By Sally Santos
We all have gone through this. We have had a long day and we can’t wait to get in to bed to rest. But the moment you rest your head on the pillow you find yourself wide awake and staring at the ceiling. So then you ask yourself “why can’t I fall asleep?” Consider these 5 questions:
Do you take your phone to bed?
- We spend all day with our phones tending to every notification that we receive. That can become a habit. So when you bring your phone to bed and you see your phones light up you are going to want to see what it is. So every night before you go to bed try to keep your phone away from your bed or at least set it on Do Not Disturb Mode. This ensures that your phone won’t ring for every notification
How much caffeine are you drinking?
- If you are someone who consumes a lot of caffeine during the day and find yourself not being able to sleep at night consider consuming less caffeine or stop completely.
What do you do during the evening?
- Avoid having a late meal. If you eat right before you go to bed that might keep you awake because your body is working on digesting your food.
- If you are someone who works out try working out earlier because after you work out you may have increased energy and that may prevent you from sleeping at night.
- If possible try avoiding difficult conversations before bed.
How are you using your bed?
- If you are someone who works or studies in bed, you may be confusing your body. Instead of your body associating your bed as a place for rest it is associating it as a place of work.
Is there something specific that you are worried about?
- Maybe you are going through a stressful situation and the thought of it is keeping you up at night. Try learning a relaxation method such as breathing gently or meditation.
- If the situation is serious seek professional help you problem-solve the situation. You might be helped by relaxation techniques, hypnosis or sleep medication.
If you or someone you know is having sleep issues, speak with one of our licensed professional psychologists, psychiatrists, psychiatric nurse practitioners, and psychotherapists. Contact us at our Paramus, NJ or Manhattan, NY offices at (201) 368-3700 or (212) 722-1920 respectively to set up an appointment. For more information, visit http://www.counselingpsychotherapynjny.com/.
By Marilyn Wells
Post-Acute Withdrawal Syndrome (PAWS) occurs after alcohol or drug withdrawal, which presents fewer physical withdrawal symptoms, but is more disruptive to an individual emotionally and psychologically. PAWS occurs as a reaction to the individual’s brain returning to a normal state, which can often take up to two years.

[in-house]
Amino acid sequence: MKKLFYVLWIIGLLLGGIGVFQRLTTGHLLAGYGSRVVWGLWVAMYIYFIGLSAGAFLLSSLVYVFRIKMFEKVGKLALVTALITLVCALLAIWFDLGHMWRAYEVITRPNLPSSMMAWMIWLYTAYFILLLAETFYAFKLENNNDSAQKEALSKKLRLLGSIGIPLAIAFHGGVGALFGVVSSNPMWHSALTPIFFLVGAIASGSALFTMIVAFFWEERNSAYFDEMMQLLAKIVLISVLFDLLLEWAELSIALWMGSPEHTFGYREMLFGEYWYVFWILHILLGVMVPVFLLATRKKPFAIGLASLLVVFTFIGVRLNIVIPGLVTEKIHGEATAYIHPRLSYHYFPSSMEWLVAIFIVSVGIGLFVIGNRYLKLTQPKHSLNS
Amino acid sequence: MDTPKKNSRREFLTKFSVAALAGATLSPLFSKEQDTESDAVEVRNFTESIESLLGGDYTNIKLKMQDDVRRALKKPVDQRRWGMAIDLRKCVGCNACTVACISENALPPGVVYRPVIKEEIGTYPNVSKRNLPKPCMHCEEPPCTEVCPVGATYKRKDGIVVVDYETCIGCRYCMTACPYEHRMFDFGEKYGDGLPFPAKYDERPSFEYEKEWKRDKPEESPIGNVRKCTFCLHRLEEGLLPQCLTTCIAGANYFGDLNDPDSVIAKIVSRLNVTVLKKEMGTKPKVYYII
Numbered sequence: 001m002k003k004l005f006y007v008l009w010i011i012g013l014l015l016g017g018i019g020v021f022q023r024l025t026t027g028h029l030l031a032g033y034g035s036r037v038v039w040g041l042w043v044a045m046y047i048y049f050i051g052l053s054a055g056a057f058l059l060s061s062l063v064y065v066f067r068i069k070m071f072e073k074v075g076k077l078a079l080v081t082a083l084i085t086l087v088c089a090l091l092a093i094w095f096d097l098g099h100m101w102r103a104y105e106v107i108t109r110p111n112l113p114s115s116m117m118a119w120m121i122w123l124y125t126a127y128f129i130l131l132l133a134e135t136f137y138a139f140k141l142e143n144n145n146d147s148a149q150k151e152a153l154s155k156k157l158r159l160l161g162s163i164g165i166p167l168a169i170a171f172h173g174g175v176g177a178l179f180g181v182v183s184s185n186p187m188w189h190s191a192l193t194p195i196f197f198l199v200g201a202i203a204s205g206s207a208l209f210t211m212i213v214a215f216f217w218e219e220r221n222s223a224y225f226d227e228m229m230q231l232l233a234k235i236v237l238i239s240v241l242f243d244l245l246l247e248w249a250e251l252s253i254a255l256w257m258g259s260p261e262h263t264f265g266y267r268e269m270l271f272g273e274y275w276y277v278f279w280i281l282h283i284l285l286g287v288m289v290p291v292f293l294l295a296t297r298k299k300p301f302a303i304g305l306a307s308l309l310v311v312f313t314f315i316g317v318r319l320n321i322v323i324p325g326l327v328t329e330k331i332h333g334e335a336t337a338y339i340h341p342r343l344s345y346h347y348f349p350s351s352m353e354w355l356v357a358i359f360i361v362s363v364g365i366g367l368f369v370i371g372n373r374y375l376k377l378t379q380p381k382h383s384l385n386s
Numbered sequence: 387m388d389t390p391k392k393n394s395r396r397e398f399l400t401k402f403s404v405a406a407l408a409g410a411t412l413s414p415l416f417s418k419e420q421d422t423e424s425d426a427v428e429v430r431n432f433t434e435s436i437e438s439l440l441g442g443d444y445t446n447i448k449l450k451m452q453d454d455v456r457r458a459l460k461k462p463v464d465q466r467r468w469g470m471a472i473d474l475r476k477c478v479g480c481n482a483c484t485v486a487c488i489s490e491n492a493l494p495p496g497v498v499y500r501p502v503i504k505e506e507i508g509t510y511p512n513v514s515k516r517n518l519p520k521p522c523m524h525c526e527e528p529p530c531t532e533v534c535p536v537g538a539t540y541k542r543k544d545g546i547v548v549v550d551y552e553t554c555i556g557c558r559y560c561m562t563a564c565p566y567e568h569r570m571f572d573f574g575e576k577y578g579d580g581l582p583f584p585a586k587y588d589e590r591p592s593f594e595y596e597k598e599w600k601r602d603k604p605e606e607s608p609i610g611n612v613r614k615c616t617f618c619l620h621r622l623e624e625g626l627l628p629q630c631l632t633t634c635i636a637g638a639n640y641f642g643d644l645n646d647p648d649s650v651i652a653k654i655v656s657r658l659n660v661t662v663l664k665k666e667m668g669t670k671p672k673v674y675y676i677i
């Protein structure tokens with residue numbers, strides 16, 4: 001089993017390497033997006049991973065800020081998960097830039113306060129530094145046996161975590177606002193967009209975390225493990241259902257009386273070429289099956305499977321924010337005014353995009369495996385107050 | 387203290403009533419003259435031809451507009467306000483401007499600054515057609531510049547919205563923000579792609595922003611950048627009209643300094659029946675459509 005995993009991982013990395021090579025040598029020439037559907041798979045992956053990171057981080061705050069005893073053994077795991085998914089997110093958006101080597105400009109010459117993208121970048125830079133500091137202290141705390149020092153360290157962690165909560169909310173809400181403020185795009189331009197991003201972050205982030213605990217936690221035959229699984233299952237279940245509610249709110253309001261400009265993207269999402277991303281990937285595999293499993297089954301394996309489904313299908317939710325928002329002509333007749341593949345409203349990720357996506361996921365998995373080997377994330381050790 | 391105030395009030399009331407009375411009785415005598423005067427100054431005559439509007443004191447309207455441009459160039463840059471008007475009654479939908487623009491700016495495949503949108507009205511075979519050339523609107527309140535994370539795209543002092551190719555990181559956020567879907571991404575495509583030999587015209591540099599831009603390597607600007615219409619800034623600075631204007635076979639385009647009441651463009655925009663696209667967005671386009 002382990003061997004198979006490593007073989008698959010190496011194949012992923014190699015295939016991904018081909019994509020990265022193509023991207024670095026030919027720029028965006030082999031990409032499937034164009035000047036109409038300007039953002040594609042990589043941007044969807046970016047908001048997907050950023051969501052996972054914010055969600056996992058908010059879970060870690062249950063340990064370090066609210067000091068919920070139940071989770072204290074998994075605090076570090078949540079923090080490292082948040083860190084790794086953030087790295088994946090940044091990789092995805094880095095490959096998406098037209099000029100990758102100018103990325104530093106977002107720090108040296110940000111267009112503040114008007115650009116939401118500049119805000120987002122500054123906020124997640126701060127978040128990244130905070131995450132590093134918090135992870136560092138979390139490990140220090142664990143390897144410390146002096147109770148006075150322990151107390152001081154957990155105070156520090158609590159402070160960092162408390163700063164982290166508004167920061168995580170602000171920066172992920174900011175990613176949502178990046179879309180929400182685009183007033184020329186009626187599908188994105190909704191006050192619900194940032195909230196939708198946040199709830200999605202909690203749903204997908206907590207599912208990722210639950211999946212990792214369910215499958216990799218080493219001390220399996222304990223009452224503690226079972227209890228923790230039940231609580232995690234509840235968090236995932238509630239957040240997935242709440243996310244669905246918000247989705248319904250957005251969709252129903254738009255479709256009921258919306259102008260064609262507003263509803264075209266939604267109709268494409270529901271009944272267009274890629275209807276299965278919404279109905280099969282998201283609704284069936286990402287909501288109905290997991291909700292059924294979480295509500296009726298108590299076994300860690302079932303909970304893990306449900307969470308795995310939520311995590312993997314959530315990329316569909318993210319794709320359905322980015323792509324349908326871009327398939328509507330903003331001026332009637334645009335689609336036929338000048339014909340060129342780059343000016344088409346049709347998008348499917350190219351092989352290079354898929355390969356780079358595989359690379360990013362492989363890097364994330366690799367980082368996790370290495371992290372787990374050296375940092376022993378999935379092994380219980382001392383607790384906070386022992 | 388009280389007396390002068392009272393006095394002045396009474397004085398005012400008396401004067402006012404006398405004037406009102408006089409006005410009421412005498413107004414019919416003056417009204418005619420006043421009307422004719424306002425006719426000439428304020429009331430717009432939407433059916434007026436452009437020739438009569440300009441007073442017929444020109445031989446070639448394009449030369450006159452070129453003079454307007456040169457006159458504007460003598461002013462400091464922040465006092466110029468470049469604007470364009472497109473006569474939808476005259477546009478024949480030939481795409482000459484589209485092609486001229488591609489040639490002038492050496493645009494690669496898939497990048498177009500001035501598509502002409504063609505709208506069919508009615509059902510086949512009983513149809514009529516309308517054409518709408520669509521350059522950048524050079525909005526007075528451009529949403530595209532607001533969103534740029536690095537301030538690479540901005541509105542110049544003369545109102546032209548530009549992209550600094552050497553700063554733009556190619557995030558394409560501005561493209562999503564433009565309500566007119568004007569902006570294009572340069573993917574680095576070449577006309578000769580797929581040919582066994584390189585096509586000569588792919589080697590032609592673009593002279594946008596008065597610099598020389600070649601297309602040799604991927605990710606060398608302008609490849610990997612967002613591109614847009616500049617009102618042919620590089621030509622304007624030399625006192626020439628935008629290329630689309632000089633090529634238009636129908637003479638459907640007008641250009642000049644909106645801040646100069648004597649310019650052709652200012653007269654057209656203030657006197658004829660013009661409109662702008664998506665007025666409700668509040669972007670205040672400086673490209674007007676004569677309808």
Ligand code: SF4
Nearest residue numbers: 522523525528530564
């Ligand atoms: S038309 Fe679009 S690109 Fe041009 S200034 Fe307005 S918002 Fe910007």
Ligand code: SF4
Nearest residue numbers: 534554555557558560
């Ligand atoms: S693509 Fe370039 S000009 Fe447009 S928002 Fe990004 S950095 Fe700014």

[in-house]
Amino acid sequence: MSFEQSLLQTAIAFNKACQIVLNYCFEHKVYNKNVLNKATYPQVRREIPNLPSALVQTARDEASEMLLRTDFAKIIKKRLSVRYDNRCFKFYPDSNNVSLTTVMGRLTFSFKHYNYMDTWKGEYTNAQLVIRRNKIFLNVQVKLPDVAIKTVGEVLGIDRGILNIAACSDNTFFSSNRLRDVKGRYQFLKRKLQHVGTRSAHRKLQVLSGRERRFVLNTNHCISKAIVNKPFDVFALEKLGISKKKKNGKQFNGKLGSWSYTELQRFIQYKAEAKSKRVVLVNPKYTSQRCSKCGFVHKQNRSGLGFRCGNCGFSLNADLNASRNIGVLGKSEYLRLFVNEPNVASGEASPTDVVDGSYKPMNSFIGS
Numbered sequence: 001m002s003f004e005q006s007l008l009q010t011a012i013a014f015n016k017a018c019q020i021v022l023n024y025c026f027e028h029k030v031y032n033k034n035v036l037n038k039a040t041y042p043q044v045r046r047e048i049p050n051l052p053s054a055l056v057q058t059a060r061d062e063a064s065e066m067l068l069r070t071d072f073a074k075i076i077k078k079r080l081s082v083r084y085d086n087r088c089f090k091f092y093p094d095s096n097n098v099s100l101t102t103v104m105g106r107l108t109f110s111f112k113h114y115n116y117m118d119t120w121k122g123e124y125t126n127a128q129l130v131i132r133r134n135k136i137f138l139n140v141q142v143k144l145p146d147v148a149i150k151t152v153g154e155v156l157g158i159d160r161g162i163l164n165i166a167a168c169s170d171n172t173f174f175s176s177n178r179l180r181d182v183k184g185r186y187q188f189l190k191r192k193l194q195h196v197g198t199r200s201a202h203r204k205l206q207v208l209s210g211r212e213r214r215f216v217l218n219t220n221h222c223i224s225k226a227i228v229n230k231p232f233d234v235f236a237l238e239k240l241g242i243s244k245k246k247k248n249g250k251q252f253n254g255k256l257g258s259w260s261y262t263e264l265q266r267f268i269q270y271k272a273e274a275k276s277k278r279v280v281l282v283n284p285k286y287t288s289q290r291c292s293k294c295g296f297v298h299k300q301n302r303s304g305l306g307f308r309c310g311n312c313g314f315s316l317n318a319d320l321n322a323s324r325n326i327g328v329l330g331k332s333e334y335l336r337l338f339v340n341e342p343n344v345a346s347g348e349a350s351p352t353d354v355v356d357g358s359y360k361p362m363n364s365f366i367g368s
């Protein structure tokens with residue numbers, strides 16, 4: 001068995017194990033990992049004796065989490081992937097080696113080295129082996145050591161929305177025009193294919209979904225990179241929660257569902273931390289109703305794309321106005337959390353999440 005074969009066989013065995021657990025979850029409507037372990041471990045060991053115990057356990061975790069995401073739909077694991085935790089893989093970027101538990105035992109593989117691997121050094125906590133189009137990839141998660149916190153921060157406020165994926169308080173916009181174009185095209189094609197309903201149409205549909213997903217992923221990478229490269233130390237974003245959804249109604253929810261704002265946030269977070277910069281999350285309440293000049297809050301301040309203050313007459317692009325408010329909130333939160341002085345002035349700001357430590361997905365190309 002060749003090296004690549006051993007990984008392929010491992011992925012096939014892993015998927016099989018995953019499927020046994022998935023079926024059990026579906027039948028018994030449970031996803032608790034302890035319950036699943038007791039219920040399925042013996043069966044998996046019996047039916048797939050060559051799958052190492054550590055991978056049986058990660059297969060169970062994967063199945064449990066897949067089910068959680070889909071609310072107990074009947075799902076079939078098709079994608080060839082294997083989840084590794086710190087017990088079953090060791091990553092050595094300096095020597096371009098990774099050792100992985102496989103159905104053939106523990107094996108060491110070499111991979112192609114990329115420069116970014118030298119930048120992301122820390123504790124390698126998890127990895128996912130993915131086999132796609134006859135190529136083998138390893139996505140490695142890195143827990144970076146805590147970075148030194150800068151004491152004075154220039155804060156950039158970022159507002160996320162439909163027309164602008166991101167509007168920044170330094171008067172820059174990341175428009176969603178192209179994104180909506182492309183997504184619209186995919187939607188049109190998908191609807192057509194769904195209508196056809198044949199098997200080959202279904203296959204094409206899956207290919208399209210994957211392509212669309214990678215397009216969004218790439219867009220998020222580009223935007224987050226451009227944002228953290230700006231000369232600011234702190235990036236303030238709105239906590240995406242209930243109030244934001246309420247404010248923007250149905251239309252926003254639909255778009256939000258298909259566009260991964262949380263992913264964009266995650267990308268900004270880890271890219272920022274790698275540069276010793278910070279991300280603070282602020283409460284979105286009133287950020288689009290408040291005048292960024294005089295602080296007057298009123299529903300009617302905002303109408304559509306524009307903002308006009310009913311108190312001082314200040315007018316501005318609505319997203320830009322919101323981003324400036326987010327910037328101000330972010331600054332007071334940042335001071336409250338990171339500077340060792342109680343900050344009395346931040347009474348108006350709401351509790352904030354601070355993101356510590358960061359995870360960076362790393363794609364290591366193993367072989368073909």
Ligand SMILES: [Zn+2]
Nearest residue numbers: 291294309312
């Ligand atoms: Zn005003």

Symptoms of PAWS include:
- Rapid/extreme mood swings
- Loss of excitement
- Disrupted sleep
- Variations in energy and concentration
Individuals with Post-Acute Withdrawal Syndrome often experience these symptoms in episodes, which last for several days. During these episodes, individuals often struggle to fight the temptations to relapse. However, with the help of a psychologist, individuals suffering from PAWS can better understand the process their bodies are going through, and learn how to practice methods of relaxation and self-care that will smooth the transition back to a normal life.
The experienced psychiatrists, psychologists, psychiatric nurse practitioners, social workers, and psychotherapists at Arista Counseling are here to help. Contact our Paramus, NJ or Manhattan, NY offices respectively at (201) 368-3700 or (212) 722-1920 to set up an appointment.
By: Kristine Dugay
“Get good grades, join sports and clubs, find a part-time job, eat well, and have a social life… but don’t forget to get enough sleep!” These are the unrealistic expectations college students are tired of hearing and trying to achieve. The fact is, 24 hours just isn’t enough time in one day. Stress is a huge underlying factor contributing to depression within college students. 44% of American college students report having some form of mental illness, including depression. However, 75% of these students do not seek help for these problems. Although college life can be hard to handle, there are ways to reduce and manage stress.